Gordon Isfeld | November 27, 2013

OTTAWA — First, the good news.

Canada’s economy will accelerate in 2014 — clocking in at a pace of 2.25%, easily overtaking this year’s modest growth of nearly half that, according to the world’s largest lending organization.

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But the not-so-good news from the International Monetary Fund is that household debt — fed by near-record low borrowing costs — continues to cloud Canada’s near-term outlook, given that cheap credit is likely be around for another year or more.

Next year’s economic pick-up — from estimated growth of 1.6% this year —will be powered mainly by a stronger U.S. recovery that will boost Canadian exports and nudge companies to begin spending more on expansion, the IMF said Wednesday.

“Private consumption growth [in 2013] has remained robust thanks to an increase in household wealth and still easy financial conditions, but business investment and exports made no contribution to growth,”

But that’s expected to begin changing next year.

“The combined additional contribution to growth from net exports and business investment will more than offset the anticipated weakening in the contribution from household consumption and residential investment,” said the Washington-based group, which counts 188 countries as members.

The IMF scenario will see households “gradually reduce their debt burden [as] construction activity moderates to levels consistent with demographic trends, and house price growth slows further.”

Wednesday’s outlook from the IMF came on the same day as the Conference Board of Canada issued its own forecast for the domestic economy.  The Ottawa-based think-tank anticipates slightly better growth of about 2.5% both next year and in 2015. It also assumes much of that growth will be powered by higher export volumes

"The domestic economy should keep humming along in 2014 and 2015 thanks to low interest rates and improving business and consumer confidence,” the Conference Board said.  “Better times are in store over the next two years, due to improved outlooks for the U.S. and global economies.”

On the issue of interest rates, meanwhile, the IMF appears in line with the path set by monetary policymakers in Canada, stating the “gradual absorption of the existing economic slack is expected to drive inflation back to [the central bank’s target of] 2% by end-2015, with the policy interest rate projected to increase starting in early 2015.”

Private-sector economists, likewise, expect the first rate increase since September 2010 to come in the first quarter of 2015, at the earliest.  “Policymakers can afford to wait before starting to raise policy rates towards more normal levels. The slowing trends in construction activity, house prices, and household credit, together with the projected increase in long-term rates as the [U.S.] Fed gradually exits from QE [quantitative easing], also give the Bank of Canada more room to wait before raising policy rates,” the IMF argues.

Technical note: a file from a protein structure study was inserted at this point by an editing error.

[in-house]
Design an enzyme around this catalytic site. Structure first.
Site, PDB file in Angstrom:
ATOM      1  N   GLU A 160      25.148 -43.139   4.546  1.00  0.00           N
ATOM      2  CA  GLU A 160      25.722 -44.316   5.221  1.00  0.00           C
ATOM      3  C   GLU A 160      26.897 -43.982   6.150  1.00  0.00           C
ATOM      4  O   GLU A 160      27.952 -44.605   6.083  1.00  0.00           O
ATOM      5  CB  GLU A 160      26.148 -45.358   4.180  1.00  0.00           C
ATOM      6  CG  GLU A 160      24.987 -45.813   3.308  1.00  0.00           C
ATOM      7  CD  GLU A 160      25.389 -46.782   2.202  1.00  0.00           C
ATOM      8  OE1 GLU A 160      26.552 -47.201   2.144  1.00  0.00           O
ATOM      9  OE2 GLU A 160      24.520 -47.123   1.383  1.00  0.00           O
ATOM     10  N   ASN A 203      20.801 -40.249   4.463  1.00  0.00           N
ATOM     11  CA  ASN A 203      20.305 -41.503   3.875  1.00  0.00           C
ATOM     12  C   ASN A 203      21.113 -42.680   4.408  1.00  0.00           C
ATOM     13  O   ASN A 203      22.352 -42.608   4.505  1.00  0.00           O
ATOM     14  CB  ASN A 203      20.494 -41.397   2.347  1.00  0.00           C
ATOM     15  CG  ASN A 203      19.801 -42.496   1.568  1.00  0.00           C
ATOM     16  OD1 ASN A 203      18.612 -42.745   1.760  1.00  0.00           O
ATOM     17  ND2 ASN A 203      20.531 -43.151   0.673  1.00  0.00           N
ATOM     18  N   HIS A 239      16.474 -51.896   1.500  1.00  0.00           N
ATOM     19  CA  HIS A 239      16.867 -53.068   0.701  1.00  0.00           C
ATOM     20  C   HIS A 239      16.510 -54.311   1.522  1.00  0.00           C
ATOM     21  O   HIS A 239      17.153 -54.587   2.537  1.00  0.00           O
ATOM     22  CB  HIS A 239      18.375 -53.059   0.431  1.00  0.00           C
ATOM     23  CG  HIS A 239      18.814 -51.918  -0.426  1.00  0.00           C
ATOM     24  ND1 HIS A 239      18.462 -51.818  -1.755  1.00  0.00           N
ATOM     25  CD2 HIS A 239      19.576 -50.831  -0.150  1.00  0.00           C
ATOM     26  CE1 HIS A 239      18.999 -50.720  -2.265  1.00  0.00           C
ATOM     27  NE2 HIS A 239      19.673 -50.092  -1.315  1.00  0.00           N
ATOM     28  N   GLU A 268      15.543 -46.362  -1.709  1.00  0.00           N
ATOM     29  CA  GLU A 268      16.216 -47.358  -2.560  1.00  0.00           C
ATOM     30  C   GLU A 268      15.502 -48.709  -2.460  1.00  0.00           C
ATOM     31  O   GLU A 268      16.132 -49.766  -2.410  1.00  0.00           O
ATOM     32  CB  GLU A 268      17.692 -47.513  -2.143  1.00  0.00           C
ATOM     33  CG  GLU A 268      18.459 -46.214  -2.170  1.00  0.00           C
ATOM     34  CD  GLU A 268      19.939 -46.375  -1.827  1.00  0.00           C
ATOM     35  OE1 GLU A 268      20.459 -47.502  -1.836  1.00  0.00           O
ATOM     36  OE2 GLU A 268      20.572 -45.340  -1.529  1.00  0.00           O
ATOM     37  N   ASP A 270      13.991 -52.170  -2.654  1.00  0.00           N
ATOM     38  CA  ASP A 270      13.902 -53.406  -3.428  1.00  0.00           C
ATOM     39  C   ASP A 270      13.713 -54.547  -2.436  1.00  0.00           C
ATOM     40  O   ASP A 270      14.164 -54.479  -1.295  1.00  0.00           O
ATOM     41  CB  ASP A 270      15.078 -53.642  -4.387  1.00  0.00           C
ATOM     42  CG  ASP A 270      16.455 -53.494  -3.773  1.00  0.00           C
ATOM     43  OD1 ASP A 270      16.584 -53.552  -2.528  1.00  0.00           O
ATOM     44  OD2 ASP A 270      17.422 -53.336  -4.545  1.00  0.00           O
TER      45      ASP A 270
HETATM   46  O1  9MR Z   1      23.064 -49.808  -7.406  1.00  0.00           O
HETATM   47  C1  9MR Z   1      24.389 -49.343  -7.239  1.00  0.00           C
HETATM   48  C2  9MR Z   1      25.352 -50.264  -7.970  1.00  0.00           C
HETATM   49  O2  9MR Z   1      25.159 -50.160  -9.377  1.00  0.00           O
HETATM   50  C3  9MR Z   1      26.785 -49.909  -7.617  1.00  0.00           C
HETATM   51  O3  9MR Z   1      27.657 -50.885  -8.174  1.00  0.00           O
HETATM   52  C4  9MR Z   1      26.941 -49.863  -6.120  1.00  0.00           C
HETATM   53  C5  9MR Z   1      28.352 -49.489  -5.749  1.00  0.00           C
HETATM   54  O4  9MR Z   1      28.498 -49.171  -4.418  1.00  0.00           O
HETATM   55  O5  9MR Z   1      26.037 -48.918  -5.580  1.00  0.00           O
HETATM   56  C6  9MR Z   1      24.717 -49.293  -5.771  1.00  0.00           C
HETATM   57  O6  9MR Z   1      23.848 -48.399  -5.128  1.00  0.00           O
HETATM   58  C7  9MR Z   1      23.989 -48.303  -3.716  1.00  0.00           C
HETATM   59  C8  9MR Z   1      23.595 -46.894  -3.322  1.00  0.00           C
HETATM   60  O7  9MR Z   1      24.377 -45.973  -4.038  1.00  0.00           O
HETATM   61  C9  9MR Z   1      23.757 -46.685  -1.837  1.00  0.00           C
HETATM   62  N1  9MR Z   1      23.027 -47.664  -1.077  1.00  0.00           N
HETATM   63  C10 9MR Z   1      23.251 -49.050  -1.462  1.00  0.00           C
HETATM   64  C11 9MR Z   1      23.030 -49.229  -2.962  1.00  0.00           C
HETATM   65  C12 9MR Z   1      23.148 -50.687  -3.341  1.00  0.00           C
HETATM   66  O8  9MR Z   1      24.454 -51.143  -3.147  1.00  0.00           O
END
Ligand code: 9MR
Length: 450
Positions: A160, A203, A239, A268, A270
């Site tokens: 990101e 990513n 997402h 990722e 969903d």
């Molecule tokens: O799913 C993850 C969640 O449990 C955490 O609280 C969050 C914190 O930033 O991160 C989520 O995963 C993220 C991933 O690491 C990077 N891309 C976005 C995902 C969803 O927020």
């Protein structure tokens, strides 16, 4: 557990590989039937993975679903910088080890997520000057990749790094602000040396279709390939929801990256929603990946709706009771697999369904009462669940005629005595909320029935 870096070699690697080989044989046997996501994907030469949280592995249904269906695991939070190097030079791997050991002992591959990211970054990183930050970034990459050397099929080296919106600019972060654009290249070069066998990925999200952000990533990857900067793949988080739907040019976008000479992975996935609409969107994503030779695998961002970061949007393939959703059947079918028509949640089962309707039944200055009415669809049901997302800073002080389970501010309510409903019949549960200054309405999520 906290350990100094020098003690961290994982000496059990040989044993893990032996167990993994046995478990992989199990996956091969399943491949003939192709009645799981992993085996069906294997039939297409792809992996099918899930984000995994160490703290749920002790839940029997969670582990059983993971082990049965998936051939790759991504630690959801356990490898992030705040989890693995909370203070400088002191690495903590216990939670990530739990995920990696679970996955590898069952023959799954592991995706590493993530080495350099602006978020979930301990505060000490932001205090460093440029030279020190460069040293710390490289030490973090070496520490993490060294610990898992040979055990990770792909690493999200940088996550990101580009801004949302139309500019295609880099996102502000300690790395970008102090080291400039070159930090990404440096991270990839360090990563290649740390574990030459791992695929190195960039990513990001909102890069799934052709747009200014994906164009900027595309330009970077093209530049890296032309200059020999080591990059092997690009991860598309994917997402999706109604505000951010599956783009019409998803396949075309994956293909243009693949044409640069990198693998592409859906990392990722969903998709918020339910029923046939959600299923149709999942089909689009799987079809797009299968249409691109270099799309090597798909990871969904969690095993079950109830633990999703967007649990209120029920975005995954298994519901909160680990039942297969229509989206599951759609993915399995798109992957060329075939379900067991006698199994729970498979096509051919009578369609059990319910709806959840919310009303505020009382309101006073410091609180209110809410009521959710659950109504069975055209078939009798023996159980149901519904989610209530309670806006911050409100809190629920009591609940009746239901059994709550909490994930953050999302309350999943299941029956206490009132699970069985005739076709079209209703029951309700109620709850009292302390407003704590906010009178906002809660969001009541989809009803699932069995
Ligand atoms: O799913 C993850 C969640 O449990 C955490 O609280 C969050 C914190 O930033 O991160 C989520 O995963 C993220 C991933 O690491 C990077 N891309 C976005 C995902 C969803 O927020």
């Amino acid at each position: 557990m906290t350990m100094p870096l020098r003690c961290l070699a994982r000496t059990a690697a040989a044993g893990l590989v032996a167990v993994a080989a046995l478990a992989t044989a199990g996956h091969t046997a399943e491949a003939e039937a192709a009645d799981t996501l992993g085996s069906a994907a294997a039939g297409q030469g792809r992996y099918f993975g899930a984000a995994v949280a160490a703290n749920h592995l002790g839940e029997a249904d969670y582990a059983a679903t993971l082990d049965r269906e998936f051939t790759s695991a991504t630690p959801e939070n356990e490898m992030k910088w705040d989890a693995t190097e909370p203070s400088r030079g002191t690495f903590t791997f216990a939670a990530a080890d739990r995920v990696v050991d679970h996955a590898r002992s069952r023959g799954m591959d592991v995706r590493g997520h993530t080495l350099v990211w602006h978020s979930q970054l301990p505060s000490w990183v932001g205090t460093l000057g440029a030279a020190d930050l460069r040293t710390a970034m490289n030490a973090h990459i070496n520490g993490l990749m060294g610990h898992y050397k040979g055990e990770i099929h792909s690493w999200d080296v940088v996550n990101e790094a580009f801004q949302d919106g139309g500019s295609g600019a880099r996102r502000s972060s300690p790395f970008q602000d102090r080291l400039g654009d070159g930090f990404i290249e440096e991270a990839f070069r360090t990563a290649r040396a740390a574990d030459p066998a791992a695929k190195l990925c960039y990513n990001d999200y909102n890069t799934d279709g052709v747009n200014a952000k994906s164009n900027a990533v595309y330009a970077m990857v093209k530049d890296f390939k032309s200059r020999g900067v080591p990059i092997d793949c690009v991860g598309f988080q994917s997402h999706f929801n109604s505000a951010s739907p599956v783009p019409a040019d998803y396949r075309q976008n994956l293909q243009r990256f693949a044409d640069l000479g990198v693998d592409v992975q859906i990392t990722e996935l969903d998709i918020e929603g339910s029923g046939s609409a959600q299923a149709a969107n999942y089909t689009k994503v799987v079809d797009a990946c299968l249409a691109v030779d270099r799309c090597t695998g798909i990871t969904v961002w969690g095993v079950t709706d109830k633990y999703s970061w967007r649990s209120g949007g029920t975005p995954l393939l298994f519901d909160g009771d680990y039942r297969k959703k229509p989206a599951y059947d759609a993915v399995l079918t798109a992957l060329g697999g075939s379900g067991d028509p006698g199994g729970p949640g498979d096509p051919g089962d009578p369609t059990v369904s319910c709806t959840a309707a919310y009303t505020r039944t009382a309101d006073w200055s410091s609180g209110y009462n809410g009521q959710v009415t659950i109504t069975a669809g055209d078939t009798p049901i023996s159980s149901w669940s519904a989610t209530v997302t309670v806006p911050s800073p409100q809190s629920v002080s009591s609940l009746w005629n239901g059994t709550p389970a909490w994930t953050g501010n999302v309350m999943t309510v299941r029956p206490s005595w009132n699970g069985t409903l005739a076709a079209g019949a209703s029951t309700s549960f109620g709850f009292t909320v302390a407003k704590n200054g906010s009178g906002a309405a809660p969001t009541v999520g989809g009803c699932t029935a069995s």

That’s in contrast to the OECD’s call last week for the central bank to begin raising its key interest rate sooner rather than later.  The Paris-based Organization for Economic Co-operation and Development on Nov. 19 said policymakers should begin lifting their benchmark — now at 1% — in the fourth quarter of 2014 and continue raising it to 2.25% by the end of 2015.

It was the Bank of Canada’s near rock-bottom key rate that encouraged consumers to start spending again after the 2008-09 recession. What was also supposed to happen, but didn’t, was for businesses to join the rush to bolster the economy. As well, the expected hand-off from households to companies has been slower than the central bank and federal government had hoped for.

“While residential investment and house price growth continued to moderate in 2013, elevated levels of household debt and high valuations in a number of housing markets remain a potential vulnerability,” the IMF warned.

“Policies should remain focused on sustaining growth until the rotation to exports and business investment gains firmer momentum, while assuring that the gradual unwinding of domestic imbalances continues and that the fiscal position is maintained on a sustainable trajectory.”

In the same report, the IMF noted the federal government’s budget deficit “declined at a faster-than-expected paced in 2012-13, but the impact on growth was partly offset by less restraint at other levels of government, with a number of provinces delaying the return to a balanced budget.”

Not surprisingly, Finance Minister Jim Flaherty welcomed the IMF report, “which highlights the government’s fiscal and financial sector policies and commitment to return to balanced budgets.”

“By reaffirming its support for the government’s plan to return to balanced budgets in 2015, the report provides further support for our government’s fiscal priorities.”